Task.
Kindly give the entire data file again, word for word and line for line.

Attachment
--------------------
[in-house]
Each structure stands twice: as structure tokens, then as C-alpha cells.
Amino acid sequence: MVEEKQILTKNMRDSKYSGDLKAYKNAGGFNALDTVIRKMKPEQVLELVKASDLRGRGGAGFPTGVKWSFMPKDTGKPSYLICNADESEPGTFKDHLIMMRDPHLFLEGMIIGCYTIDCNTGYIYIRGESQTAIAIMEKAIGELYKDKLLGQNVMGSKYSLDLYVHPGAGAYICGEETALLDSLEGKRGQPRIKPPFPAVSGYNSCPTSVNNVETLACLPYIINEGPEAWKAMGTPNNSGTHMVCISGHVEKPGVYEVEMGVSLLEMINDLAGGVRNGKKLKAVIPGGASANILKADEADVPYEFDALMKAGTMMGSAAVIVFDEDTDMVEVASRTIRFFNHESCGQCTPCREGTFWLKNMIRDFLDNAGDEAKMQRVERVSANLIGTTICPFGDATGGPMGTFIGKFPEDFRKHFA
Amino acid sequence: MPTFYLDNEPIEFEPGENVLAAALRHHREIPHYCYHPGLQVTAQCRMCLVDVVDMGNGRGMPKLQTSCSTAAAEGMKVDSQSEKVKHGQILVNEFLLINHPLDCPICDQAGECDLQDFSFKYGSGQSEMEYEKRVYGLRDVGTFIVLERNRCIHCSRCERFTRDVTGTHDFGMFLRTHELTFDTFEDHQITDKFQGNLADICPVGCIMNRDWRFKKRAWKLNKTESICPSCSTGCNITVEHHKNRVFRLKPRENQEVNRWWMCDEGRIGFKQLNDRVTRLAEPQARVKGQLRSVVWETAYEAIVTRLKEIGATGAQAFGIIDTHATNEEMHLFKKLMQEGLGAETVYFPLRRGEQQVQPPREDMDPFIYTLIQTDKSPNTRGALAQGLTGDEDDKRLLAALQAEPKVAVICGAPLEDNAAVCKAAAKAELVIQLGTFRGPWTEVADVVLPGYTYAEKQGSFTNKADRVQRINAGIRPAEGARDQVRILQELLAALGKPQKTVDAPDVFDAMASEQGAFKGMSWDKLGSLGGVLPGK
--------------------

[in-house]
Each structure stands twice: as structure tokens, then as C-alpha cells.
Amino acid sequence: MVEEKQILTKNMRDSKYSGDLKAYKNAGGFNALDTVIRKMKPEQVLELVKASDLRGRGGAGFPTGVKWSFMPKDTGKPSYLICNADESEPGTFKDHLIMMRDPHLFLEGMIIGCYTIDCNTGYIYIRGESQTAIAIMEKAIGELYKDKLLGQNVMGSKYSLDLYVHPGAGAYICGEETALLDSLEGKRGQPRIKPPFPAVSGYNSCPTSVNNVETLACLPYIINEGPEAWKAMGTPNNSGTHMVCISGHVEKPGVYEVEMGVSLLEMINDLAGGVRNGKKLKAVIPGGASANILKADEADVPYEFDALMKAGTMMGSAAVIVFDEDTDMVEVASRTIRFFNHESCGQCTPCREGTFWLKNMIRDFLDNAGDEAKMQRVERVSANLIGTTICPFGDATGGPMGTFIGKFPEDFRKHFA
Amino acid sequence: MPTFYLDNEPIEFEPGENVLAAALRHHREIPHYCYHPGLQVTAQCRMCLVDVVDMGNGRGMPKLQTSCSTAAAEGMKVDSQSEKVKHGQILVNEFLLINHPLDCPICDQAGECDLQDFSFKYGSGQSEMEYEKRVYGLRDVGTFIVLERNRCIHCSRCERFTRDVTGTHDFGMFLRTHELTFDTFEDHQITDKFQGNLADICPVGCIMNRDWRFKKRAWKLNKTESICPSCSTGCNITVEHHKNRVFRLKPRENQEVNRWWMCDEGRIGFKQLNDRVTRLAEPQARVKGQLRSVVWETAYEAIVTRLKEIGATGAQAFGIIDTHATNEEMHLFKKLMQEGLGAETVYFPLRRGEQQVQPPREDMDPFIYTLIQTDKSPNTRGALAQGLTGDEDDKRLLAALQAEPKVAVICGAPLEDNAAVCKAAAKAELVIQLGTFRGPWTEVADVVLPGYTYAEKQGSFTNKADRVQRINAGIRPAEGARDQVRILQELLAALGKPQKTVDAPDVFDAMASEQGAFKGMSWDKLGSLGGVLPGK